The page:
January 28, 2021
The temporomandibular joint (TMJ) is one of the most important joints of the body which allows us in proper functioning with respect to speech and chewing. This joint is present near the ear and joins the lower jaw with the skull. At the ends of the lower jaw bone (mandible) are structures called the condyles that corresponds the temporal bone of the skull. Thus, the TMJ is an area of immense significance in the facial region.
The TMJ is located at a region around which there is a dense network of blood vessels and nerves, major salivary glands, muscle attachments and ligaments. Any dysfunction in the joint can cause multiple problems. Some of these problems include osteoarthritis, locked jaws, dislocated mandible, traumatic injuries, tumours, etc. In order to correct any deformities related to the TMJ, it is important to have a good look at the internal structures. These structures can be viewed through a process called arthroscopy.
Arthroscopy involves viewing the structures of the TMJ through a device called arthroscope. In order to perform an arthroscopy, the patient is kept under general anaesthesia. The area where the arthroscope needs to be inserted is first palpated and located. The purpose of this introduction of the arthroscope can be only for diagnosis or surgery. The surgical intervention includes insertion of cannulas (a thin tube) in the region of TMJ. The rest of the procedure is based on what deformity needs to be corrected.
There is a disc in the TMJ which allows the lower jaw to move. The motion is smooth because of the presence of a liquid called synovial fluid. Inflammation in this fluid or discal injuries can be rectified by TMJ arthroscopy. In cases where there is injury in the TMJ, then the scar tissue can be removed through arthroscopy. Furthermore, in cases of swelling, the infected fluid can be removed through arthroscopy.
Arthroscopy also allows medications to be injected inside the TMJ. These medications are injected in cases where there is pain, clicking sound of the TMJ and limited mouth opening. The overall procedure of TMJ arthroscopy is a minimal one and not invasive. An arthroscopic surgery usually is completed under two hours. However, the effects after the surgery and the precautions that need to be taken are very crucial.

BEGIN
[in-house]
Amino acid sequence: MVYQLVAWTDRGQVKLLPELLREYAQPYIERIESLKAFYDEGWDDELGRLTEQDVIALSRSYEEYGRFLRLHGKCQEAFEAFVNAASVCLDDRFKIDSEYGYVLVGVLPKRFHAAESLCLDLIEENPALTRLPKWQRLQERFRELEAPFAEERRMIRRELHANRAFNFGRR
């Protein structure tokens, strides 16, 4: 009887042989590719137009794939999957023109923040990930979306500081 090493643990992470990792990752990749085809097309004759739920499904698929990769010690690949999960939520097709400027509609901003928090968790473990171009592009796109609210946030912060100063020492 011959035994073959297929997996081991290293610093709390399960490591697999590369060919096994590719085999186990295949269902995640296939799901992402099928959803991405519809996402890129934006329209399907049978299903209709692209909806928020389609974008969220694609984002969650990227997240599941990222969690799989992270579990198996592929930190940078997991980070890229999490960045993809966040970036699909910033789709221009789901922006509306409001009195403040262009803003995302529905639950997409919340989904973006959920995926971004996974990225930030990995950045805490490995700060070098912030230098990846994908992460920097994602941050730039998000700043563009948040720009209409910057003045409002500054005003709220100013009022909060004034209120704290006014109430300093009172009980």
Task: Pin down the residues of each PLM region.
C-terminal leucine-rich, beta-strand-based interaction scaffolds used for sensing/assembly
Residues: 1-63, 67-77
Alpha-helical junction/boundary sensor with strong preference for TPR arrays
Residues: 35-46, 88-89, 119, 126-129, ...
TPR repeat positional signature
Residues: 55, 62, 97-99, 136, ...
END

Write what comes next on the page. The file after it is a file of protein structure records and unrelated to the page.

Following an arthroscopy, a patient is likely to feel pain in the region of TMJ. Any movement or activity that causes strain or stress in the TMJ must be avoided for the first couple of weeks. During this period, normal, limited movement of the jaw must not be restricted. After a week, a physiotherapist will guide you in order to begin some more intensive movement of the TMJ. This will help in regaining the natural strength and mobility of the jaw. An advantage of arthroscopy is that it leaves no post-operative scar or incision on the face. Besides, unlike other TMJ procedures, arthroscopy has minimal risk of injuring the nerves in that region.
TMJ Arthroscopy has its limitations too. Since instruments inserted through an arthroscope are extremely thin, chances of instrument breakage are high. Moreover, an injury to the capsule of TMJ can result in leakage of unwanted fluid. Hemorrhage due to blood vessels injury and hearing complications may also arise.
These limitations can be overcome by using recent headways in TMJ arthroscopy. One is video arthroscopy. This involves a camera attached to arthroscope through which the internal structures can be seen clearly. Microinstruments are also available that help in taking biopsies, open cysts, remove foreign materials and smoothen cartilages with much precision. Articular discs can be repositioned through arthroscopy by inserting a water-jet scalpel. Finally, laser induced arthroscopy can also help in better removal of fibrous and scar tissues.
Oral health maintenance after TMJ Arthroscopy can be challenging since mouth opening is restricted. In these case toothbrushes with longer handles and softer bristles can be used to reach deeper areas in the mouth that are difficult to reach.
TMJ Arthroscopy was introduced in the 1970s and is till date one of the most crucial procedures in resolving TMJ deformities. Its diagnostic and therapeutic advantages allow it to be one of the best conservative procedures in the field of orofacial surgery.